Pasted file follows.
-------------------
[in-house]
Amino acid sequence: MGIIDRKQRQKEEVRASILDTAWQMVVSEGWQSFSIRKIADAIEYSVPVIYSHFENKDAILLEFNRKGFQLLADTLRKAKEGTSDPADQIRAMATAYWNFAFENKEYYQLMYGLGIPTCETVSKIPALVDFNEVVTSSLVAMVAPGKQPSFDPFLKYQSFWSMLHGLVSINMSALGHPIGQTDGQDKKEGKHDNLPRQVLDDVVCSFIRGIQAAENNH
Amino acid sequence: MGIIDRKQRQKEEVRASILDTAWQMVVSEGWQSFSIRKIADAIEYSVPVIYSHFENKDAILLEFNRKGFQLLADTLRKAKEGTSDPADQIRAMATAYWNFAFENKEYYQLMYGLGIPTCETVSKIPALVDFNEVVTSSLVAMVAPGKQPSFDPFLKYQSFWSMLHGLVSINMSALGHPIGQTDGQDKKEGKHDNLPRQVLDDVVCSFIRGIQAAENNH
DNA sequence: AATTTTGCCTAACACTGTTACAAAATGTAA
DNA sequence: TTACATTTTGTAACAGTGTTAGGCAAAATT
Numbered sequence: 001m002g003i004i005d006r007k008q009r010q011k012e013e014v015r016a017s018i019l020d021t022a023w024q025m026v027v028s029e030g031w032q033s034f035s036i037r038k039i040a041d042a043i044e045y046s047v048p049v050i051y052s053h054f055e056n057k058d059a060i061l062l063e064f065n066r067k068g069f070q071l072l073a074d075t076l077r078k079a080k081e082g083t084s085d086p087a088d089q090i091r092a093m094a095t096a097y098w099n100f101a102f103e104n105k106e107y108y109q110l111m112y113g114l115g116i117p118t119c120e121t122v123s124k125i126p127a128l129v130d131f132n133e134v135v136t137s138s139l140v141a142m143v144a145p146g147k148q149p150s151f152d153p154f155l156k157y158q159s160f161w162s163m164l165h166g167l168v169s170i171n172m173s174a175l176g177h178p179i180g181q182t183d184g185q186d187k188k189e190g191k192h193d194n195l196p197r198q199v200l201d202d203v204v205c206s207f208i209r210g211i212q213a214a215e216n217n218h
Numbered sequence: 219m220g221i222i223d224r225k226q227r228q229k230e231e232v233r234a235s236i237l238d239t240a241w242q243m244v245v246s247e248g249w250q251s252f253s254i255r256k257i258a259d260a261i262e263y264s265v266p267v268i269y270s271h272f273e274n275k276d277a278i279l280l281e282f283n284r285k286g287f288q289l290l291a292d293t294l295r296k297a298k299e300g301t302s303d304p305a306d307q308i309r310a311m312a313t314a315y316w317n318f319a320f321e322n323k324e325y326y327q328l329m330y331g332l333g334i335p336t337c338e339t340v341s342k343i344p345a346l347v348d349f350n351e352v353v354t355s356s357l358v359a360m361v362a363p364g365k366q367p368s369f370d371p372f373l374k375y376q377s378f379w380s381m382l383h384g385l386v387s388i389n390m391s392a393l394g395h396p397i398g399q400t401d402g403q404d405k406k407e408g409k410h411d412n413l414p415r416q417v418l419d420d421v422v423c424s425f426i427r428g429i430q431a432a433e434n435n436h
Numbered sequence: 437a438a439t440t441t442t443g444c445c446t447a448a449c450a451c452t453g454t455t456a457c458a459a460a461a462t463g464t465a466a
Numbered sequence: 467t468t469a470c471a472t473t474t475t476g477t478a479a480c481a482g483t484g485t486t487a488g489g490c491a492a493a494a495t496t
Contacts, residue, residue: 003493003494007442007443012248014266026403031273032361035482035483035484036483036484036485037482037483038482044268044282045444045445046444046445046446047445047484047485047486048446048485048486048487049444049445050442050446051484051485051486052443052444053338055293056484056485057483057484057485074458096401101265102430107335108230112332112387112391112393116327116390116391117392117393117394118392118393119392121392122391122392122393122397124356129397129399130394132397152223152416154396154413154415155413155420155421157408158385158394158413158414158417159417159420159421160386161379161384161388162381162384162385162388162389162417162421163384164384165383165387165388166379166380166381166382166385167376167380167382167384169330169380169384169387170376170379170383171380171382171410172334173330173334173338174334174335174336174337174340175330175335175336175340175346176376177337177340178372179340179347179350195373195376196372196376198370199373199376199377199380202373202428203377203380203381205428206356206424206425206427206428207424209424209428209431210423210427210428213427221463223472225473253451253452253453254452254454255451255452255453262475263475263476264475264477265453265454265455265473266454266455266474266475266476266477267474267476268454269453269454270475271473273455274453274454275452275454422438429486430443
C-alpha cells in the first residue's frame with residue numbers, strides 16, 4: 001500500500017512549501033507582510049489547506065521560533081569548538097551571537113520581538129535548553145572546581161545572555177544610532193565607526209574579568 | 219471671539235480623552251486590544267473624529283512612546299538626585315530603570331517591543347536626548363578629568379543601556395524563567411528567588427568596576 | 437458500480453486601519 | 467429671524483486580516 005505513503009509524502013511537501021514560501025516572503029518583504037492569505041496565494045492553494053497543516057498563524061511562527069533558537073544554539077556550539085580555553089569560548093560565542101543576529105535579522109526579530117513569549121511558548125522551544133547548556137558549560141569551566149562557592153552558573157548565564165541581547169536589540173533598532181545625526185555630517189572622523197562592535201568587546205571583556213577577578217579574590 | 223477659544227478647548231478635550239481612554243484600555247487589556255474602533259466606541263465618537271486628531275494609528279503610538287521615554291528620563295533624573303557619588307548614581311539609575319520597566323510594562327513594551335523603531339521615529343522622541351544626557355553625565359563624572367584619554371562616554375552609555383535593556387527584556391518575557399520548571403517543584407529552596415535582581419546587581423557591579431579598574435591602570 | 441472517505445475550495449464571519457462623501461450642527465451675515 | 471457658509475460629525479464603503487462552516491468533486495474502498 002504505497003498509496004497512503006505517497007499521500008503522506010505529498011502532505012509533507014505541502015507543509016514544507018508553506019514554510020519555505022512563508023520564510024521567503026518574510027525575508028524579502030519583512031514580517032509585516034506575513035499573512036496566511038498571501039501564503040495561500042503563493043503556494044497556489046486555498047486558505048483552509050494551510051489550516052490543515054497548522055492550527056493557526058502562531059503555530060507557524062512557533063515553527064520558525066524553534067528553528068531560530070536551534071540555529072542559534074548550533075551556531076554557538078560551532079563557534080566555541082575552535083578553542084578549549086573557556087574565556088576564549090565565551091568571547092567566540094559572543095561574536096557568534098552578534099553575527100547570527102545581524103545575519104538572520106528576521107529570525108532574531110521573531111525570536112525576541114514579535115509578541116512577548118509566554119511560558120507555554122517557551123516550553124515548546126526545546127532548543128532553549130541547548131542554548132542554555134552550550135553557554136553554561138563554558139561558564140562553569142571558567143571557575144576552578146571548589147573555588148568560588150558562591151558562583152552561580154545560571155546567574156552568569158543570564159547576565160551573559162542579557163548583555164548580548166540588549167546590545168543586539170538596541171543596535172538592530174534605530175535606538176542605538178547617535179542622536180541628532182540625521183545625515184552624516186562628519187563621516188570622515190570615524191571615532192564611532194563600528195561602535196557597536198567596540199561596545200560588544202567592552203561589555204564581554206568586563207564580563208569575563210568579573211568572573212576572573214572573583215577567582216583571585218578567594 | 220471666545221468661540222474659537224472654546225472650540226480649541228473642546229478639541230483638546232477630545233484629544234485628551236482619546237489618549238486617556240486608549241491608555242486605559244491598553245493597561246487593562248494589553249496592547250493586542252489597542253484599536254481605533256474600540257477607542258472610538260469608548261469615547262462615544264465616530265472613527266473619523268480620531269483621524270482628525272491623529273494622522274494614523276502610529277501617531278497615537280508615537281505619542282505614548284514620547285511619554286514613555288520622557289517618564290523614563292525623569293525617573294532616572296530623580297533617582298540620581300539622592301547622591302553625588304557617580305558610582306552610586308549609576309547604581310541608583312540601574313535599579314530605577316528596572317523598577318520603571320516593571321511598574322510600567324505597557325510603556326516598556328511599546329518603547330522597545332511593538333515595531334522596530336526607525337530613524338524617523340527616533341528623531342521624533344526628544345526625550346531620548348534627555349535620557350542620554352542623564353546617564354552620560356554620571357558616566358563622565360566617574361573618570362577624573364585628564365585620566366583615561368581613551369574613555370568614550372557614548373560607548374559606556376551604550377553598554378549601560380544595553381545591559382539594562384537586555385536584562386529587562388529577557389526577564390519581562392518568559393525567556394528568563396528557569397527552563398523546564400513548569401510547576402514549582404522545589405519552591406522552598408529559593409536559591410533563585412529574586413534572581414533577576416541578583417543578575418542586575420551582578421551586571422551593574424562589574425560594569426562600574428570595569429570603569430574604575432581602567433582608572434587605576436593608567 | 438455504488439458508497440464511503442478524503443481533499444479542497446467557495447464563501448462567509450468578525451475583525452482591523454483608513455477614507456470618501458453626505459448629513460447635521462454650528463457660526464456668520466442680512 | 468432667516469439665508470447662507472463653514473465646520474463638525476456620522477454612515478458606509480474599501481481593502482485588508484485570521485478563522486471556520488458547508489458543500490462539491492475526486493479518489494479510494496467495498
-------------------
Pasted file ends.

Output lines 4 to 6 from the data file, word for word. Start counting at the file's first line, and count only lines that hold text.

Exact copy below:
DNA sequence: AATTTTGCCTAACACTGTTACAAAATGTAA
DNA sequence: TTACATTTTGTAACAGTGTTAGGCAAAATT
Numbered sequence: 001m002g003i004i005d006r007k008q009r010q011k012e013e014v015r016a017s018i019l020d021t022a023w024q025m026v027v028s029e030g031w032q033s034f035s036i037r038k039i040a041d042a043i044e045y046s047v048p049v050i051y052s053h054f055e056n057k058d059a060i061l062l063e064f065n066r067k068g069f070q071l072l073a074d075t076l077r078k079a080k081e082g083t084s085d086p087a088d089q090i091r092a093m094a095t096a097y098w099n100f101a102f103e104n105k106e107y108y109q110l111m112y113g114l115g116i117p118t119c120e121t122v123s124k125i126p127a128l129v130d131f132n133e134v135v136t137s138s139l140v141a142m143v144a145p146g147k148q149p150s151f152d153p154f155l156k157y158q159s160f161w162s163m164l165h166g167l168v169s170i171n172m173s174a175l176g177h178p179i180g181q182t183d184g185q186d187k188k189e190g191k192h193d194n195l196p197r198q199v200l201d202d203v204v205c206s207f208i209r210g211i212q213a214a215e216n217n218h